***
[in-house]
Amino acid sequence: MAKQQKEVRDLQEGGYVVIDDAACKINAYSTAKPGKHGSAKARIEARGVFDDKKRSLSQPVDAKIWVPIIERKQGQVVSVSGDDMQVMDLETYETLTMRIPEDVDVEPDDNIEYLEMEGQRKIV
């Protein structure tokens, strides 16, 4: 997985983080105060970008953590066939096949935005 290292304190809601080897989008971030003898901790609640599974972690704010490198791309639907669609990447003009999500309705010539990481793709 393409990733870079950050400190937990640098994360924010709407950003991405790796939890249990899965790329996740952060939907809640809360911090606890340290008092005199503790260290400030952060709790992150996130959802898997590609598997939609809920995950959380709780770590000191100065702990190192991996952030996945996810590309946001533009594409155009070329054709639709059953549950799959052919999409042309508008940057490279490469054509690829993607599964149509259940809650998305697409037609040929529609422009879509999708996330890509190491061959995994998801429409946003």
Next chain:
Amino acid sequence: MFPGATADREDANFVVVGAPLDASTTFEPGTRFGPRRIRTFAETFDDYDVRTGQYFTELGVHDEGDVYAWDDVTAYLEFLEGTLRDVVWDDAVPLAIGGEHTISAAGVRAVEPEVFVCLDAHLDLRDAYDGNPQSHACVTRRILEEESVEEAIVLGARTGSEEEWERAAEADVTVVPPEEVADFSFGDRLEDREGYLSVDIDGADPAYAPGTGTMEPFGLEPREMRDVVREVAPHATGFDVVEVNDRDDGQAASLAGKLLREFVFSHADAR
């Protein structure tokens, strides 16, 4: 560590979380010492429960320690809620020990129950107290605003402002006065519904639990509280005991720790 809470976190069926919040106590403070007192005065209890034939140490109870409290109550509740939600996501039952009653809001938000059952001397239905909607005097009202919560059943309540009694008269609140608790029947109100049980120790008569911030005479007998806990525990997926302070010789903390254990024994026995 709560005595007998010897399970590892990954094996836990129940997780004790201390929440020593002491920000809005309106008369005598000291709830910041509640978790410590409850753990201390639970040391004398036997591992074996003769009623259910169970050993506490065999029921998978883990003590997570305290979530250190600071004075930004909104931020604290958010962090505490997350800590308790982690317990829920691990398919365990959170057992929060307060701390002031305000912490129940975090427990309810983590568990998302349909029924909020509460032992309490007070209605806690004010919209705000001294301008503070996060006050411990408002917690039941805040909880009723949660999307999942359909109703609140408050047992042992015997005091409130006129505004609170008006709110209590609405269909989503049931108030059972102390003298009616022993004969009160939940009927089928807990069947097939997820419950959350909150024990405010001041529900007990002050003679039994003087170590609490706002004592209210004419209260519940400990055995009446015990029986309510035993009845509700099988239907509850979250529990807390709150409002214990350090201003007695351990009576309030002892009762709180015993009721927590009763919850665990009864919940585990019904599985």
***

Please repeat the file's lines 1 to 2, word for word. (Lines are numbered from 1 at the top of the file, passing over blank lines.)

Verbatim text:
[in-house]
Amino acid sequence: MAKQQKEVRDLQEGGYVVIDDAACKINAYSTAKPGKHGSAKARIEARGVFDDKKRSLSQPVDAKIWVPIIERKQGQVVSVSGDDMQVMDLETYETLTMRIPEDVDVEPDDNIEYLEMEGQRKIV